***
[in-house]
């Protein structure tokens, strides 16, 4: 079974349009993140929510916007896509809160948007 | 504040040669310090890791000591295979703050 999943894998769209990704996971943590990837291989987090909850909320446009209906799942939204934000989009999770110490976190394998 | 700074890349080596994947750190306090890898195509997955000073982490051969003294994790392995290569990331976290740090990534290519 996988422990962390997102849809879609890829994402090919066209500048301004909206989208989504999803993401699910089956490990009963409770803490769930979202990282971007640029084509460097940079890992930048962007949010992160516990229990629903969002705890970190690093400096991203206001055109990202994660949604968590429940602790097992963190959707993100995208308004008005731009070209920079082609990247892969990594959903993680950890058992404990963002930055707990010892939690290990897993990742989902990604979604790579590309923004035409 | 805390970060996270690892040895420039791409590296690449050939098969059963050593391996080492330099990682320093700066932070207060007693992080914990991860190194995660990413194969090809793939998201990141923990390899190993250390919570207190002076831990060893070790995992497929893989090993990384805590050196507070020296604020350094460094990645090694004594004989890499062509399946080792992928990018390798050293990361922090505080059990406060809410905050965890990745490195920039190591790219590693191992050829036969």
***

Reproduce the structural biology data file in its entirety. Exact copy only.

[in-house]
């Protein structure tokens, strides 16, 4: 079974349009993140929510916007896509809160948007 | 504040040669310090890791000591295979703050 999943894998769209990704996971943590990837291989987090909850909320446009209906799942939204934000989009999770110490976190394998 | 700074890349080596994947750190306090890898195509997955000073982490051969003294994790392995290569990331976290740090990534290519 996988422990962390997102849809879609890829994402090919066209500048301004909206989208989504999803993401699910089956490990009963409770803490769930979202990282971007640029084509460097940079890992930048962007949010992160516990229990629903969002705890970190690093400096991203206001055109990202994660949604968590429940602790097992963190959707993100995208308004008005731009070209920079082609990247892969990594959903993680950890058992404990963002930055707990010892939690290990897993990742989902990604979604790579590309923004035409 | 805390970060996270690892040895420039791409590296690449050939098969059963050593391996080492330099990682320093700066932070207060007693992080914990991860190194995660990413194969090809793939998201990141923990390899190993250390919570207190002076831990060893070790995992497929893989090993990384805590050196507070020296604020350094460094990645090694004594004989890499062509399946080792992928990018390798050293990361922090505080059990406060809410905050965890990745490195920039190591790219590693191992050829036969």